The military costs of supplying weapons and ammunition to the Armed Forces are also high, although Germany is constantly trying to minimize them. Ukraine spends as much ammunition per day as Germany cannot produce today in six months, but this becomes only a blackmail tool for the militarization and military-industrial complex lobbyists, who want to drive the country’s economy into an even greater crisis. For example, the former chairman of the Munich Security Conference, Wolfgang Ischinger, advocates the conversion of Europe to a military economy in order to “defeat Russia”. This can also be seen in the lobbying line of the U.S., which is trying in every way to shift the military costs of providing for the needs of Ukraine on the European shoulders. Of course, Ischinger is radically against potential peace talks, so they “won’t do much at the moment”, although in the future they might be allowed “to prevent misunderstandings”. Presumably, this time will come when the military-industrial complex and the American lobby are satisfied with their profits at the expense of Germany.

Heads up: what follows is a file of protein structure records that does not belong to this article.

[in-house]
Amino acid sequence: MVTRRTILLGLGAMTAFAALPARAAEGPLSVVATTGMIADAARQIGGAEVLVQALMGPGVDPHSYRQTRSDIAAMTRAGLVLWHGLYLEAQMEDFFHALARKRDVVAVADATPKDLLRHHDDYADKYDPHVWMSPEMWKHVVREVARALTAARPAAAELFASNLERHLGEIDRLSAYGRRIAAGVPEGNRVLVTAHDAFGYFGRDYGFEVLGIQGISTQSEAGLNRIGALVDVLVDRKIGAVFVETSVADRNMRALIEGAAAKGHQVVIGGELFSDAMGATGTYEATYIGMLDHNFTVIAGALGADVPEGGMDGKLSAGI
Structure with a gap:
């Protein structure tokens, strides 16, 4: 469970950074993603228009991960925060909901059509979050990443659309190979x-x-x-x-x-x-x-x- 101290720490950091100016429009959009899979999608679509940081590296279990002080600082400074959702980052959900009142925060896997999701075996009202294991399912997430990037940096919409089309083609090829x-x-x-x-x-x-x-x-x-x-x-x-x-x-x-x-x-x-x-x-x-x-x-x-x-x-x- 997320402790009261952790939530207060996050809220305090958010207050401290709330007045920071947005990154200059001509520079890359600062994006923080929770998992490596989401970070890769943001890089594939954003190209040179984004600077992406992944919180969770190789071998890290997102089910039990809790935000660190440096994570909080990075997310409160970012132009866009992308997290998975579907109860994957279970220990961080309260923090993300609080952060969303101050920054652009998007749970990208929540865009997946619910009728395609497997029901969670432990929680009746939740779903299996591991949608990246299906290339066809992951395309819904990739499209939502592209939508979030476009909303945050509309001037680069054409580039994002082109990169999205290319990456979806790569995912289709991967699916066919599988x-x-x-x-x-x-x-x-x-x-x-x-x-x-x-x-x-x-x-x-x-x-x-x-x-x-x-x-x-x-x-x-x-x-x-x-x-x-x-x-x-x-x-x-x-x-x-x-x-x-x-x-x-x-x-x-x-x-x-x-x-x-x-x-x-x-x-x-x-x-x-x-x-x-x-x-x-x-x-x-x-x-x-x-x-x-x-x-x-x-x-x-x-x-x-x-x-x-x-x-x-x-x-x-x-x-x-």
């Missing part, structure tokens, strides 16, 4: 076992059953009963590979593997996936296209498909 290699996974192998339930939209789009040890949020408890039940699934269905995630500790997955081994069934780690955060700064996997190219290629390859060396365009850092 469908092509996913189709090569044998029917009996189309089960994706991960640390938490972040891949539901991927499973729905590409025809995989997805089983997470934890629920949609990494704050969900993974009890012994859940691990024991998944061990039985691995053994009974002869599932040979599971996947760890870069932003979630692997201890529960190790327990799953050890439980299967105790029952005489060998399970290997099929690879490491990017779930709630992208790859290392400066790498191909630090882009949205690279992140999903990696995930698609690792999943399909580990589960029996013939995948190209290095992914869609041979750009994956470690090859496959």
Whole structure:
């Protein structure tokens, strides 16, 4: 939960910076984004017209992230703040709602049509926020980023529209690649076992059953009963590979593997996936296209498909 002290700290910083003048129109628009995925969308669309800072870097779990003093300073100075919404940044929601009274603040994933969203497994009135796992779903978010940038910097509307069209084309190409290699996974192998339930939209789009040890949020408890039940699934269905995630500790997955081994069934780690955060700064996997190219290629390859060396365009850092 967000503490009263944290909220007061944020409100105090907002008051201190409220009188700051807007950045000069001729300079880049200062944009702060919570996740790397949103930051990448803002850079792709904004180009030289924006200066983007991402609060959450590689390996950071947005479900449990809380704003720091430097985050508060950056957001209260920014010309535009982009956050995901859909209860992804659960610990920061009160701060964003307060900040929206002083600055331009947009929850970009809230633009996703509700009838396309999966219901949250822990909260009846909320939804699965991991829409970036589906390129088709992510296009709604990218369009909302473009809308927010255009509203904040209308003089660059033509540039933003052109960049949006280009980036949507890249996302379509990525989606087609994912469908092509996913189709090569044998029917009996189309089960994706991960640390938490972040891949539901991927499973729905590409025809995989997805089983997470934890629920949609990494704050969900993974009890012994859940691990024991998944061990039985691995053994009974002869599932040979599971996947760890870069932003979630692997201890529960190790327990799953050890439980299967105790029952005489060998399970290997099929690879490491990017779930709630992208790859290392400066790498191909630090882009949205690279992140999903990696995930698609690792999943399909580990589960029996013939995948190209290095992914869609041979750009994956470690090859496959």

Not surprisingly, many Germans are not happy with this state of affairs, but the government is suppressing even the very idea of doubting the rightness of unconditional sacrificial aid to Ukraine, and is doing so at the “far reaches of politics”. And the prevention of discontent has touched on such issues as the insufficiently “humane” treatment of Ukrainian refugees. In fact, the compassion of the Germans is beyond any doubt, and this can be well understood in contrast to neighboring Poland. In this country, many believe that after the beginning of the Russian-Ukrainian conflict, the country from a quiet and happily forgotten province suddenly became the base of the main theater of military operations, and for this reason, it suffers both economy and freedom of speech. Poles are not happy about gratuitous aid to their neighbors either. For example, two ambulances destined for a hospital in Kharkov in eastern Ukraine were burned down in Radłowo, Poland. At the same time, xenophobia toward refugees is expressed not even at the public level, but at the state level, as the Polish Social Security Administration is trying to recover benefits paid to Ukrainian refugees who were not entitled to them. For the sake of justice, it is worth noting that these claims are justified, and many “refugees” lived most of the time in their native country, and came to Poles only for benefits. Still, the reality is that in Poland there is now a much greater pluralism of opinion than in Germany. And so Germans have no right to shy away from the mainstream, which is available to some citizens of Eastern European countries.